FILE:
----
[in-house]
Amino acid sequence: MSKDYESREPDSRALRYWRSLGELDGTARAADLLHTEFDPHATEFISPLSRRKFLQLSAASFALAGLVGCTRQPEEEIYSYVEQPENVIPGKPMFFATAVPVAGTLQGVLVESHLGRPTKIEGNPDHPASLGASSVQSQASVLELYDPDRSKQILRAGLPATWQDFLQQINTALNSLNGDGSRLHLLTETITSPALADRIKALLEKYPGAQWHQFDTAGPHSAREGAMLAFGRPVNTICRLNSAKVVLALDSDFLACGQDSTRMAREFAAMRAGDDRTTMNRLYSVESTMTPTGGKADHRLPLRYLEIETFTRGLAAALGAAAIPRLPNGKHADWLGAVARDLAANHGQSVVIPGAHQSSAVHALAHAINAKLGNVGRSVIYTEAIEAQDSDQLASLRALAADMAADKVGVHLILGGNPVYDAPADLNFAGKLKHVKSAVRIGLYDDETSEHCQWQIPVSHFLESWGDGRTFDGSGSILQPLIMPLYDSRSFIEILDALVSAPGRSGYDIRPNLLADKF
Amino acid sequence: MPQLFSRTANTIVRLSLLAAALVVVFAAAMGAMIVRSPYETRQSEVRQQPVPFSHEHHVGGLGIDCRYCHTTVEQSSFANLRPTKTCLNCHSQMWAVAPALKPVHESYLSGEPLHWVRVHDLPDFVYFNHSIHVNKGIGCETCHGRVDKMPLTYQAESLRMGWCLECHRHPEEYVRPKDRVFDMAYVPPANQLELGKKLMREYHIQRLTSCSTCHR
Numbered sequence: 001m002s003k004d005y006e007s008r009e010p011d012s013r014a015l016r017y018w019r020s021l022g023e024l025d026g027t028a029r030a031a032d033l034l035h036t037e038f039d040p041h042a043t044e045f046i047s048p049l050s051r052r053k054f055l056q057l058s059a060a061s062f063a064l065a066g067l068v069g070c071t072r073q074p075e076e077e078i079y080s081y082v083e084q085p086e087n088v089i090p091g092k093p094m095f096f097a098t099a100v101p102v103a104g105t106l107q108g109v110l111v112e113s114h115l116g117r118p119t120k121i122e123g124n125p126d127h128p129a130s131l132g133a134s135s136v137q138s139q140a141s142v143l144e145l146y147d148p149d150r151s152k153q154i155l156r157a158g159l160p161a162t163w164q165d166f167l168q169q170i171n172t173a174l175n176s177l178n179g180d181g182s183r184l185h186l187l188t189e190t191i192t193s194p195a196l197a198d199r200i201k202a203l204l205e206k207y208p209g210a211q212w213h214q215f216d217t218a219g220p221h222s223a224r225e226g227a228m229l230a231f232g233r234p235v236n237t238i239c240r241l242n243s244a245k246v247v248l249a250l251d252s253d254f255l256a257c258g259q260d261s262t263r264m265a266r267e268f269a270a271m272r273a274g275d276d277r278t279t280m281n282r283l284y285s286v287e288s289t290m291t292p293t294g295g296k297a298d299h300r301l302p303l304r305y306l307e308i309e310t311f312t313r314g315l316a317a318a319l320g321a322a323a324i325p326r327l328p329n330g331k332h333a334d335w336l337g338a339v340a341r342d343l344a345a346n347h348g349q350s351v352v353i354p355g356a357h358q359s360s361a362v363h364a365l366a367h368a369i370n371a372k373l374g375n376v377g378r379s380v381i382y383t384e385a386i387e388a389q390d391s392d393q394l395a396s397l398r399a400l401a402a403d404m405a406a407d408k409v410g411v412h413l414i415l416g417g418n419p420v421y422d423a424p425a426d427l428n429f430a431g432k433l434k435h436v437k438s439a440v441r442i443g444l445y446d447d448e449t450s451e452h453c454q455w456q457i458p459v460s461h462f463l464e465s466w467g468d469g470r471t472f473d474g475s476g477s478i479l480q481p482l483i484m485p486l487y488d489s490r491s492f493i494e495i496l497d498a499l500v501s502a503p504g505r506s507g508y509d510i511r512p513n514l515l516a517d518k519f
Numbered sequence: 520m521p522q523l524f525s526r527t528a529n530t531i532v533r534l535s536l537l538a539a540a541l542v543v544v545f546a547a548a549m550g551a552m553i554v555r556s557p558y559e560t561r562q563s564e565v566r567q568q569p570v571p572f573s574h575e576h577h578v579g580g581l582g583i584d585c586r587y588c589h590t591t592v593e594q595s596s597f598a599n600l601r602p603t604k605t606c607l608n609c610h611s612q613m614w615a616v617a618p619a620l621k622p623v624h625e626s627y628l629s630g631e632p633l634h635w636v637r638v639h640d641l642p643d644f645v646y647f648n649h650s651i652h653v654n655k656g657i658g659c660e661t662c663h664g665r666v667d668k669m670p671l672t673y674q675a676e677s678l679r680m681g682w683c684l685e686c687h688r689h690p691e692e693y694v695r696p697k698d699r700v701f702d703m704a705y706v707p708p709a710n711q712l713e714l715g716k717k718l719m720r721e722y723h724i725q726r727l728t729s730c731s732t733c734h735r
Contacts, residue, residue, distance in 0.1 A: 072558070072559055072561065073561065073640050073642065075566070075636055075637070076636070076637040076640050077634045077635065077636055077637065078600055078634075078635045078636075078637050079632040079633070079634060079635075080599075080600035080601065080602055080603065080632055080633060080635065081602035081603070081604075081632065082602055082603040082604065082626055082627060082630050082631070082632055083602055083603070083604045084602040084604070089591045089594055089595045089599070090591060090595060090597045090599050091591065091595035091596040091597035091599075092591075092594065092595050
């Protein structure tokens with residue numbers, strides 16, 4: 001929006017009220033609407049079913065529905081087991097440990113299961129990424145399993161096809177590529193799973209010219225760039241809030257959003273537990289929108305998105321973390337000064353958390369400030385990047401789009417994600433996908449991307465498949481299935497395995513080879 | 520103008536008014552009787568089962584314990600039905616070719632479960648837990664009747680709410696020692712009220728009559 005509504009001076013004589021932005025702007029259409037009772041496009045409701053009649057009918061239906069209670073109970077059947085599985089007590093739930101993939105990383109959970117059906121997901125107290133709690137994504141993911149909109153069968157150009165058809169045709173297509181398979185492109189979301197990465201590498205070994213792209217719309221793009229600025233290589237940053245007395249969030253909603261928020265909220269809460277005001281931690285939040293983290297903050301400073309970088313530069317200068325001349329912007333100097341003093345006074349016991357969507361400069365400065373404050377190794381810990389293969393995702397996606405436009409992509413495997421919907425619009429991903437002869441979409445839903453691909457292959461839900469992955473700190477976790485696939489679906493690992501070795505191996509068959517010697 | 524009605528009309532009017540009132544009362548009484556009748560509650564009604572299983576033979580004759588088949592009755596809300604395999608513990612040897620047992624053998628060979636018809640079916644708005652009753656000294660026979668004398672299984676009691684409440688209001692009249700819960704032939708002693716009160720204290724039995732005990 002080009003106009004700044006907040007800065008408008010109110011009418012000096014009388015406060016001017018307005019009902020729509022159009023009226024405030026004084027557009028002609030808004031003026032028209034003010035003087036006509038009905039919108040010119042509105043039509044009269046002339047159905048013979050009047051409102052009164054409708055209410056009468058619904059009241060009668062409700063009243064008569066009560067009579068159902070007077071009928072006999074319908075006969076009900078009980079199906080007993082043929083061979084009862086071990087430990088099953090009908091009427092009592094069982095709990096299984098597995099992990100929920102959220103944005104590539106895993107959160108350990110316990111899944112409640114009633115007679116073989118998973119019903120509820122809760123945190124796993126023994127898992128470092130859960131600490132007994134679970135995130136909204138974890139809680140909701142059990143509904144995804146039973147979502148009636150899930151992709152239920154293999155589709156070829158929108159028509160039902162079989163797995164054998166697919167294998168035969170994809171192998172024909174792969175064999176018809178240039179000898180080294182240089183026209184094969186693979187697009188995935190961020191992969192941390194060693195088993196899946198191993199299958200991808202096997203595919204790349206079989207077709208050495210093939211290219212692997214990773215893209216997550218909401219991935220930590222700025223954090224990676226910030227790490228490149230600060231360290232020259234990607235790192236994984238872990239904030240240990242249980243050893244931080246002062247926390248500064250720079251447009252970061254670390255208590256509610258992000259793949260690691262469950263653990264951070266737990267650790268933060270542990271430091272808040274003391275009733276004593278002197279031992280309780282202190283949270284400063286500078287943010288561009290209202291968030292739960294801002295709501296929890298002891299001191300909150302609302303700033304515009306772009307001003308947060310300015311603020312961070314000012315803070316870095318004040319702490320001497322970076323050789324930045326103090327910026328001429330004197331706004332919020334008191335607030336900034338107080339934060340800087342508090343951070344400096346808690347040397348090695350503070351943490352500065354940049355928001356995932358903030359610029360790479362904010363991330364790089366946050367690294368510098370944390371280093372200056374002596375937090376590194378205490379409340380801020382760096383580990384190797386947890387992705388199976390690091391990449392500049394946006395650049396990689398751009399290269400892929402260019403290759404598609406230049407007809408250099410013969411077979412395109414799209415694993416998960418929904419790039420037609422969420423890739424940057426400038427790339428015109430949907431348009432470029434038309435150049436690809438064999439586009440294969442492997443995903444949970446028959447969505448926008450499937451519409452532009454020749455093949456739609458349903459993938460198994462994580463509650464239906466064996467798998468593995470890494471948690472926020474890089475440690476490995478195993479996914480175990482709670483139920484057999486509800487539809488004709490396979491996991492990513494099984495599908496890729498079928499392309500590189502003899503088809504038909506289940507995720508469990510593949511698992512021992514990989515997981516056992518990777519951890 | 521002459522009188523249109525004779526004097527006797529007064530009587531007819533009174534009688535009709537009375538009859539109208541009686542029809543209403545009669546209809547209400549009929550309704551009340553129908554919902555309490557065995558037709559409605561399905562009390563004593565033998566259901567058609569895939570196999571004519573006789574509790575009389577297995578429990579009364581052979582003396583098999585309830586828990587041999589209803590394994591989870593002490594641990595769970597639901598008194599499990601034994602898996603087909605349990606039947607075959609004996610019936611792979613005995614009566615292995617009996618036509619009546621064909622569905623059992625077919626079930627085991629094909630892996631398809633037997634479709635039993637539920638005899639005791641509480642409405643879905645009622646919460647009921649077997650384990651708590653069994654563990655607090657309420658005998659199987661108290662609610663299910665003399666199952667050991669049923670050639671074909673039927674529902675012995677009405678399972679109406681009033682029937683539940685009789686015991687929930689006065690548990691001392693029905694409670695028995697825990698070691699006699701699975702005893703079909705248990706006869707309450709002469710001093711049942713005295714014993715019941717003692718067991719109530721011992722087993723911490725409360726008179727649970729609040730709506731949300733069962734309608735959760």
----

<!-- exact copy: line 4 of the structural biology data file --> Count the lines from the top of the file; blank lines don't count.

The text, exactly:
Numbered sequence: 001m002s003k004d005y006e007s008r009e010p011d012s013r014a015l016r017y018w019r020s021l022g023e024l025d026g027t028a029r030a031a032d033l034l035h036t037e038f039d040p041h042a043t044e045f046i047s048p049l050s051r052r053k054f055l056q057l058s059a060a061s062f063a064l065a066g067l068v069g070c071t072r073q074p075e076e077e078i079y080s081y082v083e084q085p086e087n088v089i090p091g092k093p094m095f096f097a098t099a100v101p102v103a104g105t106l107q108g109v110l111v112e113s114h115l116g117r118p119t120k121i122e123g124n125p126d127h128p129a130s131l132g133a134s135s136v137q138s139q140a141s142v143l144e145l146y147d148p149d150r151s152k153q154i155l156r157a158g159l160p161a162t163w164q165d166f167l168q169q170i171n172t173a174l175n176s177l178n179g180d181g182s183r184l185h186l187l188t189e190t191i192t193s194p195a196l197a198d199r200i201k202a203l204l205e206k207y208p209g210a211q212w213h214q215f216d217t218a219g220p221h222s223a224r225e226g227a228m229l230a231f232g233r234p235v236n237t238i239c240r241l242n243s244a245k246v247v248l249a250l251d252s253d254f255l256a257c258g259q260d261s262t263r264m265a266r267e268f269a270a271m272r273a274g275d276d277r278t279t280m281n282r283l284y285s286v287e288s289t290m291t292p293t294g295g296k297a298d299h300r301l302p303l304r305y306l307e308i309e310t311f312t313r314g315l316a317a318a319l320g321a322a323a324i325p326r327l328p329n330g331k332h333a334d335w336l337g338a339v340a341r342d343l344a345a346n347h348g349q350s351v352v353i354p355g356a357h358q359s360s361a362v363h364a365l366a367h368a369i370n371a372k373l374g375n376v377g378r379s380v381i382y383t384e385a386i387e388a389q390d391s392d393q394l395a396s397l398r399a400l401a402a403d404m405a406a407d408k409v410g411v412h413l414i415l416g417g418n419p420v421y422d423a424p425a426d427l428n429f430a431g432k433l434k435h436v437k438s439a440v441r442i443g444l445y446d447d448e449t450s451e452h453c454q455w456q457i458p459v460s461h462f463l464e465s466w467g468d469g470r471t472f473d474g475s476g477s478i479l480q481p482l483i484m485p486l487y488d489s490r491s492f493i494e495i496l497d498a499l500v501s502a503p504g505r506s507g508y509d510i511r512p513n514l515l516a517d518k519f